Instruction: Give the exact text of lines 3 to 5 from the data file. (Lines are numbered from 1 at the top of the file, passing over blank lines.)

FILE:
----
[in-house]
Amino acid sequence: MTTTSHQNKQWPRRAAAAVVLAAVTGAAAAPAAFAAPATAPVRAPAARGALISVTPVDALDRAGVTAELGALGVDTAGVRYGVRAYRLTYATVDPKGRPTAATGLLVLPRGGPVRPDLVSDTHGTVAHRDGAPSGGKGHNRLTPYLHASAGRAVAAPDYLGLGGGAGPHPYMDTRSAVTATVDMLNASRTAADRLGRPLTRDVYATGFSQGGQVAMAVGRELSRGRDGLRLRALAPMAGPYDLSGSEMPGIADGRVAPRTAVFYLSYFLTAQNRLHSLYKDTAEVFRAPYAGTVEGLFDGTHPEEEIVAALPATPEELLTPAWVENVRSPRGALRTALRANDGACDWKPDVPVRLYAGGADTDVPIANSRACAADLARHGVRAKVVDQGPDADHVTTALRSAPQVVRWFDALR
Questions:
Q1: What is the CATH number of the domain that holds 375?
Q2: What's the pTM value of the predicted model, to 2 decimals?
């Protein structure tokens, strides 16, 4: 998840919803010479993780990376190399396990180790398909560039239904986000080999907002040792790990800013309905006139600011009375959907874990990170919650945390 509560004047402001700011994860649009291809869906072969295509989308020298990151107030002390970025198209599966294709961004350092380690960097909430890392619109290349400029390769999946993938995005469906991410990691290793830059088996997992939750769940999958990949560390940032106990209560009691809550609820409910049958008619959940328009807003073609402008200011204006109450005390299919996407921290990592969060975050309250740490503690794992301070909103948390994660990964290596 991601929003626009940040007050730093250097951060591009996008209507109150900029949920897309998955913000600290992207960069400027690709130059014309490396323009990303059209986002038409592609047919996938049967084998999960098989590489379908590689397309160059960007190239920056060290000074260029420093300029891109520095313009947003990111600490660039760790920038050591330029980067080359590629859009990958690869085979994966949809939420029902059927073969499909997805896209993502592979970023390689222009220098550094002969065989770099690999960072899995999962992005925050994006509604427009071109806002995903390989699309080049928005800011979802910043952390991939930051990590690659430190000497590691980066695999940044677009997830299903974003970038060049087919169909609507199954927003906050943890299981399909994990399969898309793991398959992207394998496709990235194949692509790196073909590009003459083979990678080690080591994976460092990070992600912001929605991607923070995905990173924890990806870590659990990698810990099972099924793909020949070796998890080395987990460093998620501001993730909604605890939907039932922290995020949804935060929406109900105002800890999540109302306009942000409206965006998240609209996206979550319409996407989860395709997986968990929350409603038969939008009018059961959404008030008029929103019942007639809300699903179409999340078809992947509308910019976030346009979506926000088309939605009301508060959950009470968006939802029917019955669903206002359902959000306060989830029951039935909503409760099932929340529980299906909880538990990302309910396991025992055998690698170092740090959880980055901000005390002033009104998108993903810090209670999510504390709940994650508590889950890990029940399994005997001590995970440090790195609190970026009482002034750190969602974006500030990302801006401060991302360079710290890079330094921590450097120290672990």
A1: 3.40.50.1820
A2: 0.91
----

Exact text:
Questions:
Q1: What is the CATH number of the domain that holds 375?
Q2: What's the pTM value of the predicted model, to 2 decimals?